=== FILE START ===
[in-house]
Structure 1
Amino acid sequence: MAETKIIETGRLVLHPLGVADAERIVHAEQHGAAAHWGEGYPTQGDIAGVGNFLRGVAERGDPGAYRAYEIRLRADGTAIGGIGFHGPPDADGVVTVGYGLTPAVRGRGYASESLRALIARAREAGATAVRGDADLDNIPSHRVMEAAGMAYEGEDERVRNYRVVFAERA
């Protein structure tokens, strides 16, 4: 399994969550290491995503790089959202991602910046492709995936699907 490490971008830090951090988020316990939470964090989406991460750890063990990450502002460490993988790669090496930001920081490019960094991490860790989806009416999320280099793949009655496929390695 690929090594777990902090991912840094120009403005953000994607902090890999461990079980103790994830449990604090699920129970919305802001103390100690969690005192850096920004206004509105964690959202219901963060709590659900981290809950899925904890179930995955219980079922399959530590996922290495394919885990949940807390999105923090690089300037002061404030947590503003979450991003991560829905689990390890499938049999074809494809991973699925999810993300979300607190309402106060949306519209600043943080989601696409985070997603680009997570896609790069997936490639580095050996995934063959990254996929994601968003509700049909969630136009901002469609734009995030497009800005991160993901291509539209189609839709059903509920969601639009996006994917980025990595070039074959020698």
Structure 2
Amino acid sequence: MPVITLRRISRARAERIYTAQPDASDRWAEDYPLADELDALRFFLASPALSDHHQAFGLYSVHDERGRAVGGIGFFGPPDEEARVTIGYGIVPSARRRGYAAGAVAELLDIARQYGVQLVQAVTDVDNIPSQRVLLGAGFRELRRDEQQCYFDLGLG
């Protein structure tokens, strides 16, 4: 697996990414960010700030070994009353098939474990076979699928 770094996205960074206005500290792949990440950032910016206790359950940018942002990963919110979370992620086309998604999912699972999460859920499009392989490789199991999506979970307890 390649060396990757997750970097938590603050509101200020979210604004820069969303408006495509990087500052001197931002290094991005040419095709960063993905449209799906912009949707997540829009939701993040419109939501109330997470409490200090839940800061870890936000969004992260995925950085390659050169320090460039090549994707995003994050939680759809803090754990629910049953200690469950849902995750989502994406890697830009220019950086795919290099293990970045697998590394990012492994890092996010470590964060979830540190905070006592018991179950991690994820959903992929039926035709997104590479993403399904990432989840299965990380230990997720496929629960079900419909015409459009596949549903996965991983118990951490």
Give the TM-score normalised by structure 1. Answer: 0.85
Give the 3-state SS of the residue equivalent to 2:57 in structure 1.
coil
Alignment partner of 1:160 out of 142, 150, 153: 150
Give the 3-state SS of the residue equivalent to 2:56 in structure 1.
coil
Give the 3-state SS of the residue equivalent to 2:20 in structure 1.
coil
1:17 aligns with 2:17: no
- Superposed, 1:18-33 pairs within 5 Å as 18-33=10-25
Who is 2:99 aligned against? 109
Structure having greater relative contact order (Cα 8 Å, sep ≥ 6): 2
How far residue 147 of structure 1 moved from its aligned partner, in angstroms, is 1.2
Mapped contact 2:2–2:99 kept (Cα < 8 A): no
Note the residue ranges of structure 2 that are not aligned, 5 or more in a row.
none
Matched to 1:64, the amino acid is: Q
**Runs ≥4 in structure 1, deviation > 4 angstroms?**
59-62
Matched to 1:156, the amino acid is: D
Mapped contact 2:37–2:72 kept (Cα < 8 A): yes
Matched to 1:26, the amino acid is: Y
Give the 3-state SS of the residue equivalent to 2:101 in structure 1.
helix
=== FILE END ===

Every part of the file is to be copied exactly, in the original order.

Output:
[in-house]
Structure 1
Amino acid sequence: MAETKIIETGRLVLHPLGVADAERIVHAEQHGAAAHWGEGYPTQGDIAGVGNFLRGVAERGDPGAYRAYEIRLRADGTAIGGIGFHGPPDADGVVTVGYGLTPAVRGRGYASESLRALIARAREAGATAVRGDADLDNIPSHRVMEAAGMAYEGEDERVRNYRVVFAERA
């Protein structure tokens, strides 16, 4: 399994969550290491995503790089959202991602910046492709995936699907 490490971008830090951090988020316990939470964090989406991460750890063990990450502002460490993988790669090496930001920081490019960094991490860790989806009416999320280099793949009655496929390695 690929090594777990902090991912840094120009403005953000994607902090890999461990079980103790994830449990604090699920129970919305802001103390100690969690005192850096920004206004509105964690959202219901963060709590659900981290809950899925904890179930995955219980079922399959530590996922290495394919885990949940807390999105923090690089300037002061404030947590503003979450991003991560829905689990390890499938049999074809494809991973699925999810993300979300607190309402106060949306519209600043943080989601696409985070997603680009997570896609790069997936490639580095050996995934063959990254996929994601968003509700049909969630136009901002469609734009995030497009800005991160993901291509539209189609839709059903509920969601639009996006994917980025990595070039074959020698």
Structure 2
Amino acid sequence: MPVITLRRISRARAERIYTAQPDASDRWAEDYPLADELDALRFFLASPALSDHHQAFGLYSVHDERGRAVGGIGFFGPPDEEARVTIGYGIVPSARRRGYAAGAVAELLDIARQYGVQLVQAVTDVDNIPSQRVLLGAGFRELRRDEQQCYFDLGLG
């Protein structure tokens, strides 16, 4: 697996990414960010700030070994009353098939474990076979699928 770094996205960074206005500290792949990440950032910016206790359950940018942002990963919110979370992620086309998604999912699972999460859920499009392989490789199991999506979970307890 390649060396990757997750970097938590603050509101200020979210604004820069969303408006495509990087500052001197931002290094991005040419095709960063993905449209799906912009949707997540829009939701993040419109939501109330997470409490200090839940800061870890936000969004992260995925950085390659050169320090460039090549994707995003994050939680759809803090754990629910049953200690469950849902995750989502994406890697830009220019950086795919290099293990970045697998590394990012492994890092996010470590964060979830540190905070006592018991179950991690994820959903992929039926035709997104590479993403399904990432989840299965990380230990997720496929629960079900419909015409459009596949549903996965991983118990951490």
Give the TM-score normalised by structure 1. Answer: 0.85
Give the 3-state SS of the residue equivalent to 2:57 in structure 1.
coil
Alignment partner of 1:160 out of 142, 150, 153: 150
Give the 3-state SS of the residue equivalent to 2:56 in structure 1.
coil
Give the 3-state SS of the residue equivalent to 2:20 in structure 1.
coil
1:17 aligns with 2:17: no
- Superposed, 1:18-33 pairs within 5 Å as 18-33=10-25
Who is 2:99 aligned against? 109
Structure having greater relative contact order (Cα 8 Å, sep ≥ 6): 2
How far residue 147 of structure 1 moved from its aligned partner, in angstroms, is 1.2
Mapped contact 2:2–2:99 kept (Cα < 8 A): no
Note the residue ranges of structure 2 that are not aligned, 5 or more in a row.
none
Matched to 1:64, the amino acid is: Q
**Runs ≥4 in structure 1, deviation > 4 angstroms?**
59-62
Matched to 1:156, the amino acid is: D
Mapped contact 2:37–2:72 kept (Cα < 8 A): yes
Matched to 1:26, the amino acid is: Y
Give the 3-state SS of the residue equivalent to 2:101 in structure 1.
helix